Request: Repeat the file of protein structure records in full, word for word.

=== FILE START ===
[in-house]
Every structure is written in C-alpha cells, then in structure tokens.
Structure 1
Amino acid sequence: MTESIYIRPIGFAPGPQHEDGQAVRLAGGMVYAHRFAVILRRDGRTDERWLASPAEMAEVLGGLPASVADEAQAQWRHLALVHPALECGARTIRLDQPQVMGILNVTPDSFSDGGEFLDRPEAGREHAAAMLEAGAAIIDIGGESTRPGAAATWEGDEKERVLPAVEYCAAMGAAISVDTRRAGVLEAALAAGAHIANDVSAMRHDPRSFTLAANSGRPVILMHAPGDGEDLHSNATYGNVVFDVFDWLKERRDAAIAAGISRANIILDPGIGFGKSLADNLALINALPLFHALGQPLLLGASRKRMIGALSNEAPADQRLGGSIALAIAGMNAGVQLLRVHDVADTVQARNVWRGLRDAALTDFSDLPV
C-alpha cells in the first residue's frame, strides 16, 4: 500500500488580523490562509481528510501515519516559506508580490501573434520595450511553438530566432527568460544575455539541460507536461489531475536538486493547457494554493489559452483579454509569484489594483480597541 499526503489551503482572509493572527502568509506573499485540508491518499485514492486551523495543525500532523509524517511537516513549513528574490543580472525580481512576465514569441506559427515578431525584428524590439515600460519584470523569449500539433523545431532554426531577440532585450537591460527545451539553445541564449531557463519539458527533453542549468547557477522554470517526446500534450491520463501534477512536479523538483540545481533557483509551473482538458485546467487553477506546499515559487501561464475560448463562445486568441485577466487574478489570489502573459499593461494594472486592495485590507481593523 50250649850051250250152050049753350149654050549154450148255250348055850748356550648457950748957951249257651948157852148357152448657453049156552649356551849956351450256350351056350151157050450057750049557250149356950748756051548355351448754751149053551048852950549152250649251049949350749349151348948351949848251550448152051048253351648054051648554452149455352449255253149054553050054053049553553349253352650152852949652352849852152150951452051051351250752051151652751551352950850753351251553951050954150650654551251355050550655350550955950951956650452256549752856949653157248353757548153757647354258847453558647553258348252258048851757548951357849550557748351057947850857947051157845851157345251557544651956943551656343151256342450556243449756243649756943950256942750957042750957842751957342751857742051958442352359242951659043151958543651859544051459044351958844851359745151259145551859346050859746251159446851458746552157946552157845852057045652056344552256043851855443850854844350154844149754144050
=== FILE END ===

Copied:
[in-house]
Every structure is written in C-alpha cells, then in structure tokens.
Structure 1
Amino acid sequence: MTESIYIRPIGFAPGPQHEDGQAVRLAGGMVYAHRFAVILRRDGRTDERWLASPAEMAEVLGGLPASVADEAQAQWRHLALVHPALECGARTIRLDQPQVMGILNVTPDSFSDGGEFLDRPEAGREHAAAMLEAGAAIIDIGGESTRPGAAATWEGDEKERVLPAVEYCAAMGAAISVDTRRAGVLEAALAAGAHIANDVSAMRHDPRSFTLAANSGRPVILMHAPGDGEDLHSNATYGNVVFDVFDWLKERRDAAIAAGISRANIILDPGIGFGKSLADNLALINALPLFHALGQPLLLGASRKRMIGALSNEAPADQRLGGSIALAIAGMNAGVQLLRVHDVADTVQARNVWRGLRDAALTDFSDLPV
C-alpha cells in the first residue's frame, strides 16, 4: 500500500488580523490562509481528510501515519516559506508580490501573434520595450511553438530566432527568460544575455539541460507536461489531475536538486493547457494554493489559452483579454509569484489594483480597541 499526503489551503482572509493572527502568509506573499485540508491518499485514492486551523495543525500532523509524517511537516513549513528574490543580472525580481512576465514569441506559427515578431525584428524590439515600460519584470523569449500539433523545431532554426531577440532585450537591460527545451539553445541564449531557463519539458527533453542549468547557477522554470517526446500534450491520463501534477512536479523538483540545481533557483509551473482538458485546467487553477506546499515559487501561464475560448463562445486568441485577466487574478489570489502573459499593461494594472486592495485590507481593523 50250649850051250250152050049753350149654050549154450148255250348055850748356550648457950748957951249257651948157852148357152448657453049156552649356551849956351450256350351056350151157050450057750049557250149356950748756051548355351448754751149053551048852950549152250649251049949350749349151348948351949848251550448152051048253351648054051648554452149455352449255253149054553050054053049553553349253352650152852949652352849852152150951452051051351250752051151652751551352950850753351251553951050954150650654551251355050550655350550955950951956650452256549752856949653157248353757548153757647354258847453558647553258348252258048851757548951357849550557748351057947850857947051157845851157345251557544651956943551656343151256342450556243449756243649756943950256942750957042750957842751957342751857742051958442352359242951659043151958543651859544051459044351958844851359745151259145551859346050859746251159446851458746552157946552157845852057045652056344552256043851855443850854844350154844149754144050